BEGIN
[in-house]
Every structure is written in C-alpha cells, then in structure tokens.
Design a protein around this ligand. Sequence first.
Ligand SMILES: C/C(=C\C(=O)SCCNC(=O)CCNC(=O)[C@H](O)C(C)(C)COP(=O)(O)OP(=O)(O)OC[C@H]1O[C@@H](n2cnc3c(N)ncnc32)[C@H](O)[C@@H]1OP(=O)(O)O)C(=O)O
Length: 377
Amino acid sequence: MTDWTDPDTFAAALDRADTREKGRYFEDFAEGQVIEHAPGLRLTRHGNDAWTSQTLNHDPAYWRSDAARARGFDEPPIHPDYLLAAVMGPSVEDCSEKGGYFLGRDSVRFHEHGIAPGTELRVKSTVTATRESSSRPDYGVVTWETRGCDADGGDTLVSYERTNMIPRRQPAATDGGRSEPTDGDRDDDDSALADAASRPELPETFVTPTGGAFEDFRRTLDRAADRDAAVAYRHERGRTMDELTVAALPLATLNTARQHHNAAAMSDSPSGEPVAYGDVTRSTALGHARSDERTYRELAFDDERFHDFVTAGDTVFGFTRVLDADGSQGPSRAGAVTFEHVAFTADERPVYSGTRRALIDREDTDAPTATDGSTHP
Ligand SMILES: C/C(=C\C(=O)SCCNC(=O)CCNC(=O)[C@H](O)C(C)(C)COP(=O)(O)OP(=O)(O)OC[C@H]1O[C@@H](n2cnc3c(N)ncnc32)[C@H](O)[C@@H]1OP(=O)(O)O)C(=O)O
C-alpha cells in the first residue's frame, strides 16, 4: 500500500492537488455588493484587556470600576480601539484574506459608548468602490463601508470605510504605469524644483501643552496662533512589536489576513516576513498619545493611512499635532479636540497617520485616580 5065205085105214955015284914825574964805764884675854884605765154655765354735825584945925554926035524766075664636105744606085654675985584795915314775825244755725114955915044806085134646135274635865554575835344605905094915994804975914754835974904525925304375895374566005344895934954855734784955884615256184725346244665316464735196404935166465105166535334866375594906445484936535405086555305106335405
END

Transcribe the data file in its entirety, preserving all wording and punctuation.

[in-house]
Every structure is written in C-alpha cells, then in structure tokens.
Design a protein around this ligand. Sequence first.
Ligand SMILES: C/C(=C\C(=O)SCCNC(=O)CCNC(=O)[C@H](O)C(C)(C)COP(=O)(O)OP(=O)(O)OC[C@H]1O[C@@H](n2cnc3c(N)ncnc32)[C@H](O)[C@@H]1OP(=O)(O)O)C(=O)O
Length: 377
Amino acid sequence: MTDWTDPDTFAAALDRADTREKGRYFEDFAEGQVIEHAPGLRLTRHGNDAWTSQTLNHDPAYWRSDAARARGFDEPPIHPDYLLAAVMGPSVEDCSEKGGYFLGRDSVRFHEHGIAPGTELRVKSTVTATRESSSRPDYGVVTWETRGCDADGGDTLVSYERTNMIPRRQPAATDGGRSEPTDGDRDDDDSALADAASRPELPETFVTPTGGAFEDFRRTLDRAADRDAAVAYRHERGRTMDELTVAALPLATLNTARQHHNAAAMSDSPSGEPVAYGDVTRSTALGHARSDERTYRELAFDDERFHDFVTAGDTVFGFTRVLDADGSQGPSRAGAVTFEHVAFTADERPVYSGTRRALIDREDTDAPTATDGSTHP
Ligand SMILES: C/C(=C\C(=O)SCCNC(=O)CCNC(=O)[C@H](O)C(C)(C)COP(=O)(O)OP(=O)(O)OC[C@H]1O[C@@H](n2cnc3c(N)ncnc32)[C@H](O)[C@@H]1OP(=O)(O)O)C(=O)O
C-alpha cells in the first residue's frame, strides 16, 4: 500500500492537488455588493484587556470600576480601539484574506459608548468602490463601508470605510504605469524644483501643552496662533512589536489576513516576513498619545493611512499635532479636540497617520485616580 5065205085105214955015284914825574964805764884675854884605765154655765354735825584945925554926035524766075664636105744606085654675985584795915314775825244755725114955915044806085134646135274635865554575835344605905094915994804975914754835974904525925304375895374566005344895934954855734784955884615256184725346244665316464735196404935166465105166535334866375594906445484936535405086555305106335405